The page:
Legendary fund manager Li Lu (who Charlie Munger backed) once said, 'The biggest investment risk is not the volatility of prices, but whether you will suffer a permanent loss of capital.' It's only natural to consider a company's balance sheet when you examine how risky it is, since debt is often involved when a business collapses. We can see that Seamec Limited (NSE:SEAMECLTD) does use debt in its business. But should shareholders be worried about its use of debt?
When Is Debt A Problem?
Debt and other liabilities become risky for a business when it cannot easily fulfill those obligations, either with free cash flow or by raising capital at an attractive price. Part and parcel of capitalism is the process of 'creative destruction' where failed businesses are mercilessly liquidated by their bankers. However, a more usual (but still expensive) situation is where a company must dilute shareholders at a cheap share price simply to get debt under control. Of course, the upside of debt is that it often represents cheap capital, especially when it replaces dilution in a company with the ability to reinvest at high rates of return. The first thing to do when considering how much debt a business uses is to look at its cash and debt together.
What Is Seamec's Net Debt?
As you can see below, at the end of March 2021, Seamec had ₹894.0m of debt, up from ₹726.1m a year ago. Click the image for more detail. However, because it has a cash reserve of ₹625.1m, its net debt is less, at about ₹268.9m.
How Strong Is Seamec's Balance Sheet?
According to the last reported balance sheet, Seamec had liabilities of ₹1.15b due within 12 months, and liabilities of ₹796.9m due beyond 12 months. On the other hand, it had cash of ₹625.1m and ₹917.6m worth of receivables due within a year. So it has liabilities totalling ₹403.0m more than its cash and near-term receivables, combined.
Since publicly traded Seamec shares are worth a total of ₹13.7b, it seems unlikely that this level of liabilities would be a major threat. However, we do think it is worth keeping an eye on its balance sheet strength, as it may change over time.
In order to size up a company's debt relative to its earnings, we calculate its net debt divided by its earnings before interest, tax, depreciation, and amortization (EBITDA) and its earnings before interest and tax (EBIT) divided by its interest expense (its interest cover). Thus we consider debt relative to earnings both with and without depreciation and amortization expenses.
Seamec has a low debt to EBITDA ratio of only 0.42. And remarkably, despite having net debt, it actually received more in interest over the last twelve months than it had to pay. So it's fair to say it can handle debt like a hotshot teppanyaki chef handles cooking. It is just as well that Seamec's load is not too heavy, because its EBIT was down 92% over the last year. When a company sees its earnings tank, it can sometimes find its relationships with its lenders turn sour. The balance sheet is clearly the area to focus on when you are analysing debt. But it is Seamec's earnings that will influence how the balance sheet holds up in the future. So when considering debt, it's definitely worth looking at the earnings trend. Click here for an interactive snapshot.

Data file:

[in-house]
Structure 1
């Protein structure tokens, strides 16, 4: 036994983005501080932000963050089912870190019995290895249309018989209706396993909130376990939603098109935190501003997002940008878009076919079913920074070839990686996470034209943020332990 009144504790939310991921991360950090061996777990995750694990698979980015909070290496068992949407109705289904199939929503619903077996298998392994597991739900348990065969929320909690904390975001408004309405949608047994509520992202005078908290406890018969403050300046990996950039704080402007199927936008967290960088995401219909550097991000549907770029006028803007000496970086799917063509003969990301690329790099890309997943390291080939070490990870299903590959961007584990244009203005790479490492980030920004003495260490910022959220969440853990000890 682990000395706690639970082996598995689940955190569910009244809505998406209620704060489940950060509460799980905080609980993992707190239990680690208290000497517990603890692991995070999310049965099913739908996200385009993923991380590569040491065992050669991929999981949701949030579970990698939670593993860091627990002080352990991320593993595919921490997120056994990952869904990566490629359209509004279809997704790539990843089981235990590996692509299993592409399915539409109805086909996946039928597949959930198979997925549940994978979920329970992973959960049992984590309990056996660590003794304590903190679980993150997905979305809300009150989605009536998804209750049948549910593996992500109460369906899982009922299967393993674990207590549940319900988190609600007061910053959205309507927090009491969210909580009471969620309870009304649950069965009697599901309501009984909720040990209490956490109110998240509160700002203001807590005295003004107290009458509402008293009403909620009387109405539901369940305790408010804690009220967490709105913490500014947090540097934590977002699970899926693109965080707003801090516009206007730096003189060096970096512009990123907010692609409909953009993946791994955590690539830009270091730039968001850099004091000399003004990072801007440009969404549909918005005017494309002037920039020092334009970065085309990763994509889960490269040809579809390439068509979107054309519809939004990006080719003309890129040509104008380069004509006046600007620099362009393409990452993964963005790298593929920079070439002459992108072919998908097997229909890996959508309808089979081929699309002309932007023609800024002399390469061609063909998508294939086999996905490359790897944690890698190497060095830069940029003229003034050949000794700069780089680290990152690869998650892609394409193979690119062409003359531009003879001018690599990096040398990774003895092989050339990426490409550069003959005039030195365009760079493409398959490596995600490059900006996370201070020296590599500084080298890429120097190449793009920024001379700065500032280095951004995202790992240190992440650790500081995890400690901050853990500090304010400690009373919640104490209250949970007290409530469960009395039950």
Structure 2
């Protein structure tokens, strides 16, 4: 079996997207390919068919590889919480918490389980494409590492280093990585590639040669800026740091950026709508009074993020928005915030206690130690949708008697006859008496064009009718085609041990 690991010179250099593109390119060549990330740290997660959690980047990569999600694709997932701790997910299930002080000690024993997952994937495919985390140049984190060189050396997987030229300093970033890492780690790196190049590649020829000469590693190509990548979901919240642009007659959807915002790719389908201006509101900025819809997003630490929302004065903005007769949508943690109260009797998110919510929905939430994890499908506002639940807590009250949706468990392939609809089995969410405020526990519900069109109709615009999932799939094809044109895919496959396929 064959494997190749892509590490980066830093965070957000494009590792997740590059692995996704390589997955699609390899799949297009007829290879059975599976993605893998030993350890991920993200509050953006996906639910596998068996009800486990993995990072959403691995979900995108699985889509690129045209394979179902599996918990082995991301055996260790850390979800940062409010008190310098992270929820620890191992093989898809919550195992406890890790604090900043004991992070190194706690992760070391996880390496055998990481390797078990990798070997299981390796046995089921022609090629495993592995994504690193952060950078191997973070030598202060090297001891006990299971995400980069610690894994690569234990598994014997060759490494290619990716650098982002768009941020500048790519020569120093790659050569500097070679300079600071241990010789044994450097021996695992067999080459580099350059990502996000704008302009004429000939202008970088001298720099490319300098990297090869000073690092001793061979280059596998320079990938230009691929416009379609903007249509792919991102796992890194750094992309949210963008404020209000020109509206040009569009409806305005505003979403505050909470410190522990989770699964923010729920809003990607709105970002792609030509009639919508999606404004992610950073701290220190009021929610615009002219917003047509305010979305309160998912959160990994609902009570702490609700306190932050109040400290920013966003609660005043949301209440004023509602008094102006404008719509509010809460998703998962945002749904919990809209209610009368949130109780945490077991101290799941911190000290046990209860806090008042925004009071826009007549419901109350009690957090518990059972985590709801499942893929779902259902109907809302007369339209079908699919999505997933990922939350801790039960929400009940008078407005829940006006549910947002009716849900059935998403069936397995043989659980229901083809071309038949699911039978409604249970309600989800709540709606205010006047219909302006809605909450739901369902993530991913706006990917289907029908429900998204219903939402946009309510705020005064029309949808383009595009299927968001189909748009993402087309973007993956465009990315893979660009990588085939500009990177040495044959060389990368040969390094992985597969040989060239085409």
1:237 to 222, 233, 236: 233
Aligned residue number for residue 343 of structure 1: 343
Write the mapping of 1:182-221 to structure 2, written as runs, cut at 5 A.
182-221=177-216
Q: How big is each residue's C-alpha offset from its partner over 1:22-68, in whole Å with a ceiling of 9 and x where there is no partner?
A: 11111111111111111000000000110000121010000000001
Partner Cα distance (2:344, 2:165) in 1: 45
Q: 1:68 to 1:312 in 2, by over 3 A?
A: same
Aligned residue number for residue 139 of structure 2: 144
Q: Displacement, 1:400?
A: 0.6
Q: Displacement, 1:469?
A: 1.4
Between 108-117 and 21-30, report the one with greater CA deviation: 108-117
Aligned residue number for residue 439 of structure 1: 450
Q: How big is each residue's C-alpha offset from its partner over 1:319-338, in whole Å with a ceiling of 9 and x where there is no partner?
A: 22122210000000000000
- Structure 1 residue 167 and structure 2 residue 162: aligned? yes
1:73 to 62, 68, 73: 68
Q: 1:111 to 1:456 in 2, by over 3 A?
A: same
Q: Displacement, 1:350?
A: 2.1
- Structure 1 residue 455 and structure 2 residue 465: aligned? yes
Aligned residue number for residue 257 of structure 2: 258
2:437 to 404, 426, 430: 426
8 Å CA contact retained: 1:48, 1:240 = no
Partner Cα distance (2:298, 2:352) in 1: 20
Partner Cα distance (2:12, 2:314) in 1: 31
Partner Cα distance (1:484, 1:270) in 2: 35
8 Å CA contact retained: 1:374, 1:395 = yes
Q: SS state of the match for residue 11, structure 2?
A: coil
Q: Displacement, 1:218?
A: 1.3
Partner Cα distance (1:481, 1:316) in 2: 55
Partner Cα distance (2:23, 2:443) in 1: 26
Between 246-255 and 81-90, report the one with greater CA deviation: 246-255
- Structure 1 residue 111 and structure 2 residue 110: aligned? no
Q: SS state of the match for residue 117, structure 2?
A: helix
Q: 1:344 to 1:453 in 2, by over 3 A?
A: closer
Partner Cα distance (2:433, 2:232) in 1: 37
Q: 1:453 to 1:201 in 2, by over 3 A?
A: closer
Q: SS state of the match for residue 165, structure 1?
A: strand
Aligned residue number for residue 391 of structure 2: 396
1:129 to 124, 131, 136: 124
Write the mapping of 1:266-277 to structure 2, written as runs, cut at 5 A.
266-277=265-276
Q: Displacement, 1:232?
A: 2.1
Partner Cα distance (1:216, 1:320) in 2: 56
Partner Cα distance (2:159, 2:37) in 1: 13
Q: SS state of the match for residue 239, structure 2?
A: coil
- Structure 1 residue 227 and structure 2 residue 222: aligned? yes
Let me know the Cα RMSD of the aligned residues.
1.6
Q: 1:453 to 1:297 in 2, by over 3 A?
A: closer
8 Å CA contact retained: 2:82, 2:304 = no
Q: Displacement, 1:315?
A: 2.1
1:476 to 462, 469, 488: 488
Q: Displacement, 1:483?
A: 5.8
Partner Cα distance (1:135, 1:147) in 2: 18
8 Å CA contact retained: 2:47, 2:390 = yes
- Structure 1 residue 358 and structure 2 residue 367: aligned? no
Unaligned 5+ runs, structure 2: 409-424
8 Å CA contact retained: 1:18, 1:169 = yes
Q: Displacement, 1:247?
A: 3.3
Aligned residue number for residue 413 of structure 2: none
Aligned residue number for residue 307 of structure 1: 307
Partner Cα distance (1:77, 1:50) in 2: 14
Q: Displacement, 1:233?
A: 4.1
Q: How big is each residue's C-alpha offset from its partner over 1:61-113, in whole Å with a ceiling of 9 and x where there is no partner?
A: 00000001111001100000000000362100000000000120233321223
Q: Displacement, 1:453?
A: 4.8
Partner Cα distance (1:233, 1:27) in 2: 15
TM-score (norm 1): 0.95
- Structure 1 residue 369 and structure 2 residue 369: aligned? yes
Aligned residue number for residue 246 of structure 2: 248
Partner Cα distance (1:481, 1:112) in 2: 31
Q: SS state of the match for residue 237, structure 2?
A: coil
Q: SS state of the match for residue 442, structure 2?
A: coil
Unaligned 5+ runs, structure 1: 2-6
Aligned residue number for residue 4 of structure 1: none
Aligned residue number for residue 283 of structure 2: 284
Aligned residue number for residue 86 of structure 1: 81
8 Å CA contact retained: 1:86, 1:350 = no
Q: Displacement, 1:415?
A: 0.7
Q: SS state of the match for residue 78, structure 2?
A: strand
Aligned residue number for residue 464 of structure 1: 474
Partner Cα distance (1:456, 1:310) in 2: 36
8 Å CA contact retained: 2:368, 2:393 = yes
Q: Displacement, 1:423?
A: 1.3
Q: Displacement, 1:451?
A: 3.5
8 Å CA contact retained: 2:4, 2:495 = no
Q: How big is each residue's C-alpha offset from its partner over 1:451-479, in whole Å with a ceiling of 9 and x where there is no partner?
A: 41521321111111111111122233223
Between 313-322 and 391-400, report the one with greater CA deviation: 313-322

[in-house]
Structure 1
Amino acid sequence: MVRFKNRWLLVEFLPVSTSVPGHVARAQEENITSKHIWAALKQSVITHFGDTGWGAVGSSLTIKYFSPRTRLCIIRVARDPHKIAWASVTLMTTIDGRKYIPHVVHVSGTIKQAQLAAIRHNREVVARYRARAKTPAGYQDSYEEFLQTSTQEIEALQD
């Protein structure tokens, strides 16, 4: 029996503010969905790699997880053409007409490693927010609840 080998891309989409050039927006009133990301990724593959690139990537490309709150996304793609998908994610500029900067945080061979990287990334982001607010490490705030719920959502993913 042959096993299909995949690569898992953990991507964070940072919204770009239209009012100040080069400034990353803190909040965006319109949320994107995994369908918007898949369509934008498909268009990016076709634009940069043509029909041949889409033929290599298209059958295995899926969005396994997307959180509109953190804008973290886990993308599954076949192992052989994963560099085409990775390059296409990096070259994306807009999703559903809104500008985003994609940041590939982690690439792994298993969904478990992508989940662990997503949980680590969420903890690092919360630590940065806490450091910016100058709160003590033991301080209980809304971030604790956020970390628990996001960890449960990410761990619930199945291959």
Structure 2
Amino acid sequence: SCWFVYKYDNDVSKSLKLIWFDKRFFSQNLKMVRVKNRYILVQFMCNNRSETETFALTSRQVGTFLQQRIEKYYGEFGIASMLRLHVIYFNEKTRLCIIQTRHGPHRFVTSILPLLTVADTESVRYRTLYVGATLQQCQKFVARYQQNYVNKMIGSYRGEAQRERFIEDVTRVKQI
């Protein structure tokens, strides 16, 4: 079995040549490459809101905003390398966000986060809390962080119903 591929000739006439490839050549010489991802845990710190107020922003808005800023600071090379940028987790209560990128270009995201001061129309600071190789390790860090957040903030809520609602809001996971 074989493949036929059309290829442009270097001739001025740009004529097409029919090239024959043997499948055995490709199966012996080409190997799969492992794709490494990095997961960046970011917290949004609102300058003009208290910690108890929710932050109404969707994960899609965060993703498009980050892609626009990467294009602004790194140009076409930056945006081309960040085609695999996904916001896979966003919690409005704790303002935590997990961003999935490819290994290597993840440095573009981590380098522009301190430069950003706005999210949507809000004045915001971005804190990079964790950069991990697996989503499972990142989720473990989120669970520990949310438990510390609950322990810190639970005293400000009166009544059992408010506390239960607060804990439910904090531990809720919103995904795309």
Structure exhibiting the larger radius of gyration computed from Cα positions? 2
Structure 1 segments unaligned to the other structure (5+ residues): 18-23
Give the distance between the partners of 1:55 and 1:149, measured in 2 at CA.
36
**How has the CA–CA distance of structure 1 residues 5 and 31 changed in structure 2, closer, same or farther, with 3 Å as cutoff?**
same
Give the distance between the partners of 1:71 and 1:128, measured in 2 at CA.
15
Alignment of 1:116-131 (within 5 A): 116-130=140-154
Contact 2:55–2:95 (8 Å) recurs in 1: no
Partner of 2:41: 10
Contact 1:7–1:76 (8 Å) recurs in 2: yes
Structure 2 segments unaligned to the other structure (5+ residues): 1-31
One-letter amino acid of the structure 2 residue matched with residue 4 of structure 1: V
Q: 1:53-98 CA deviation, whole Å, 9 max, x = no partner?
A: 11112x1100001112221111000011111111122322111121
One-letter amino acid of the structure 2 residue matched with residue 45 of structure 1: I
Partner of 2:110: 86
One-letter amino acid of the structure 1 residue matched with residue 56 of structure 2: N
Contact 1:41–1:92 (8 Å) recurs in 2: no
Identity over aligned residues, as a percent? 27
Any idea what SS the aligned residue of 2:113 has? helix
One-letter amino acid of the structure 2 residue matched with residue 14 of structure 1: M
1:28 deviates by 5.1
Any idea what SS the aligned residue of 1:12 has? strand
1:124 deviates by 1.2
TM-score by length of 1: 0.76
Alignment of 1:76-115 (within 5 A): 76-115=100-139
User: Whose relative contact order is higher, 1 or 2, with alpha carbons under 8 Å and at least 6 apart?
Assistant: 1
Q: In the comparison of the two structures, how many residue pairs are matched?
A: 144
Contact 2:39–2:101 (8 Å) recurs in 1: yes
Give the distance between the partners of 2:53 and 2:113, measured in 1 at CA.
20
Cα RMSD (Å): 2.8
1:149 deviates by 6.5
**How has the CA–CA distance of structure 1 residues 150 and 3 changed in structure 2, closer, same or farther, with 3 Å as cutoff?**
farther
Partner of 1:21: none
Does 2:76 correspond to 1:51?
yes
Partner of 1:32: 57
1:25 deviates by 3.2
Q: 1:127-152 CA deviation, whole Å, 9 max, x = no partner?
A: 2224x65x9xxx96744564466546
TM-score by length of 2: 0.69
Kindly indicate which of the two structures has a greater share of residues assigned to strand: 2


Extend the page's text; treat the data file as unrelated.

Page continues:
Finally, a business needs free cash flow to pay off debt; accounting profits just don't cut it. So we clearly need to look at whether that EBIT is leading to corresponding free cash flow. Over the most recent three years, Seamec recorded free cash flow worth 77% of its EBIT, which is around normal, given free cash flow excludes interest and tax. This free cash flow puts the company in a good position to pay down debt, when appropriate.
Seamec's interest cover suggests it can handle its debt as easily as Cristiano Ronaldo could score a goal against an under 14's goalkeeper. But we must concede we find its EBIT growth rate has the opposite effect. Looking at all the aforementioned factors together, it strikes us that Seamec can handle its debt fairly comfortably. Of course, while this leverage can enhance returns on equity, it does bring more risk, so it's worth keeping an eye on this one. The balance sheet is clearly the area to focus on when you are analysing debt. But ultimately, every company can contain risks that exist outside of the balance sheet. For example, we've discovered 2 warning signs for Seamec that you should be aware of before investing here.
If you're interested in investing in businesses that can grow profits without the burden of debt, then check out this free list of growing businesses that have net cash on the balance sheet.
If you decide to trade Seamec, use the lowest-cost* platform that is rated #1 Overall by Barron’s, Interactive Brokers. Trade stocks, options, futures, forex, bonds and funds on 135 markets, all from a single integrated account. Promoted
This article by Simply Wall St is general in nature. It does not constitute a recommendation to buy or sell any stock, and does not take account of your objectives, or your financial situation. We aim to bring you long-term focused analysis driven by fundamental data. Note that our analysis may not factor in the latest price-sensitive company announcements or qualitative material. Simply Wall St has no position in any stocks mentioned.
*Interactive Brokers Rated Lowest Cost Broker by StockBrokers.com Annual Online Review 2020
Have feedback on this article? Concerned about the content? Get in touch with us directly. Alternatively, email editorial-team (at) simplywallst.com.